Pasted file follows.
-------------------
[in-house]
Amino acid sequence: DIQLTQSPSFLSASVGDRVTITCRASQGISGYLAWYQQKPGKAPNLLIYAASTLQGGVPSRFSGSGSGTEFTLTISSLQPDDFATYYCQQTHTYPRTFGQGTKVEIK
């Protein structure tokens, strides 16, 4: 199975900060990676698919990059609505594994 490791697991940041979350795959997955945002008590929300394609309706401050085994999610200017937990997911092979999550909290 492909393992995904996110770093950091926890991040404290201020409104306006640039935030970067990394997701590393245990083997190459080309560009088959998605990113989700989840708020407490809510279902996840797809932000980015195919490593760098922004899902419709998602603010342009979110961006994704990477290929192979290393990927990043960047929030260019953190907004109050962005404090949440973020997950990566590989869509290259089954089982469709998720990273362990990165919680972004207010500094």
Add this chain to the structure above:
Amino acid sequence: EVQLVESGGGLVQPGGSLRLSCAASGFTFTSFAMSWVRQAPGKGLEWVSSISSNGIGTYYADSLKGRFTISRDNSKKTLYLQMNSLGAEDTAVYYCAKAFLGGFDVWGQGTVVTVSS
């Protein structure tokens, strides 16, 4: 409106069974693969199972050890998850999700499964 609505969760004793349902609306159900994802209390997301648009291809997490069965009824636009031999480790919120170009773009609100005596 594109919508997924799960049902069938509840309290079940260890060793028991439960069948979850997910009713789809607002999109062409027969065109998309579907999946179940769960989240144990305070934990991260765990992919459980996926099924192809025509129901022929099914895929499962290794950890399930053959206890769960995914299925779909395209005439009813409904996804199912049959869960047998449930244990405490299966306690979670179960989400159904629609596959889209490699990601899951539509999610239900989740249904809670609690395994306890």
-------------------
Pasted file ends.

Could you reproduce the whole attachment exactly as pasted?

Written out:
[in-house]
Amino acid sequence: DIQLTQSPSFLSASVGDRVTITCRASQGISGYLAWYQQKPGKAPNLLIYAASTLQGGVPSRFSGSGSGTEFTLTISSLQPDDFATYYCQQTHTYPRTFGQGTKVEIK
């Protein structure tokens, strides 16, 4: 199975900060990676698919990059609505594994 490791697991940041979350795959997955945002008590929300394609309706401050085994999610200017937990997911092979999550909290 492909393992995904996110770093950091926890991040404290201020409104306006640039935030970067990394997701590393245990083997190459080309560009088959998605990113989700989840708020407490809510279902996840797809932000980015195919490593760098922004899902419709998602603010342009979110961006994704990477290929192979290393990927990043960047929030260019953190907004109050962005404090949440973020997950990566590989869509290259089954089982469709998720990273362990990165919680972004207010500094």
Add this chain to the structure above:
Amino acid sequence: EVQLVESGGGLVQPGGSLRLSCAASGFTFTSFAMSWVRQAPGKGLEWVSSISSNGIGTYYADSLKGRFTISRDNSKKTLYLQMNSLGAEDTAVYYCAKAFLGGFDVWGQGTVVTVSS
């Protein structure tokens, strides 16, 4: 409106069974693969199972050890998850999700499964 609505969760004793349902609306159900994802209390997301648009291809997490069965009824636009031999480790919120170009773009609100005596 594109919508997924799960049902069938509840309290079940260890060793028991439960069948979850997910009713789809607002999109062409027969065109998309579907999946179940769960989240144990305070934990991260765990992919459980996926099924192809025509129901022929099914895929499962290794950890399930053959206890769960995914299925779909395209005439009813409904996804199912049959869960047998449930244990405490299966306690979670179960989400159904629609596959889209490699990601899951539509999610239900989740249904809670609690395994306890």